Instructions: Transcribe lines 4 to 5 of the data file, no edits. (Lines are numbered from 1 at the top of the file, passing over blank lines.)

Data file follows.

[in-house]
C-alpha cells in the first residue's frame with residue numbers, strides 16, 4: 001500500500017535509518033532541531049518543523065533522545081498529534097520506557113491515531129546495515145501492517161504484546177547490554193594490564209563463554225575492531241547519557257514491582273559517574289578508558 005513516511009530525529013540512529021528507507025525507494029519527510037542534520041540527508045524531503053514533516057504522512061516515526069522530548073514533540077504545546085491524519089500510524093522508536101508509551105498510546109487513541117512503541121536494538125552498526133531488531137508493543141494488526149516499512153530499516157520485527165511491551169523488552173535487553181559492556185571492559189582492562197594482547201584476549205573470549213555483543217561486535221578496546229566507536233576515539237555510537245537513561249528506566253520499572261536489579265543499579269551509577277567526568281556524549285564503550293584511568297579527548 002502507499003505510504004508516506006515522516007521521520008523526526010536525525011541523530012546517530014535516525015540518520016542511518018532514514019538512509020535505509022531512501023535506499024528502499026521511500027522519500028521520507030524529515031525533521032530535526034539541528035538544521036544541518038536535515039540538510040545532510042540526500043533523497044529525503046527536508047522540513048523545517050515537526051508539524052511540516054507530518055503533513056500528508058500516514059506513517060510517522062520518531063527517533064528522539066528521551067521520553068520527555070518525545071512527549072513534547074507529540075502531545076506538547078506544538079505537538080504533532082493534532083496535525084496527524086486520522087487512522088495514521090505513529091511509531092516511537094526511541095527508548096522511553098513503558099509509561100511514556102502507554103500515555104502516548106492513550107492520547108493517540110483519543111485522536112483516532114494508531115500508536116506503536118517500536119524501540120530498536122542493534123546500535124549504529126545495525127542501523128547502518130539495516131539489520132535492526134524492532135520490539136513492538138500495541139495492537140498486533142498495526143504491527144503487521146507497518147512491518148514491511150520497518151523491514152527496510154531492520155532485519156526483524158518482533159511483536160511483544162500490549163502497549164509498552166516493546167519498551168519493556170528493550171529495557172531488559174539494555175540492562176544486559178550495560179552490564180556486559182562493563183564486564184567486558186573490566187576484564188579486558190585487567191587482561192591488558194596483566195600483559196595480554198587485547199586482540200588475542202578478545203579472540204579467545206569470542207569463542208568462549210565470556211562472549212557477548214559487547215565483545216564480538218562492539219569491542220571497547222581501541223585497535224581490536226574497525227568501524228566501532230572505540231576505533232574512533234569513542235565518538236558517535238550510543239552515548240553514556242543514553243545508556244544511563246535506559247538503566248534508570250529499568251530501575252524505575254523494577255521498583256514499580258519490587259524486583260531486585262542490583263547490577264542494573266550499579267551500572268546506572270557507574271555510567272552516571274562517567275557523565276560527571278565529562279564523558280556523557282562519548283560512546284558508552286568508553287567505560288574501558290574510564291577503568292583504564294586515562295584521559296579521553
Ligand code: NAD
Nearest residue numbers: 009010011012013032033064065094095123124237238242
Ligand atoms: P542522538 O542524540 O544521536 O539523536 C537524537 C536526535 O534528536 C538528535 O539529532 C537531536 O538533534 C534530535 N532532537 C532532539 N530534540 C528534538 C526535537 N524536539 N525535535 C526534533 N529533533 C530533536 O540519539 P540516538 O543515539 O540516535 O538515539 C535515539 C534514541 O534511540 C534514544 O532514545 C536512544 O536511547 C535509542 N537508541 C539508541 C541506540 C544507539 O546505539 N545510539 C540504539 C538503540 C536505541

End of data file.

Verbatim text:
Nearest residue numbers: 009010011012013032033064065094095123124237238242
Ligand atoms: P542522538 O542524540 O544521536 O539523536 C537524537 C536526535 O534528536 C538528535 O539529532 C537531536 O538533534 C534530535 N532532537 C532532539 N530534540 C528534538 C526535537 N524536539 N525535535 C526534533 N529533533 C530533536 O540519539 P540516538 O543515539 O540516535 O538515539 C535515539 C534514541 O534511540 C534514544 O532514545 C536512544 O536511547 C535509542 N537508541 C539508541 C541506540 C544507539 O546505539 N545510539 C540504539 C538503540 C536505541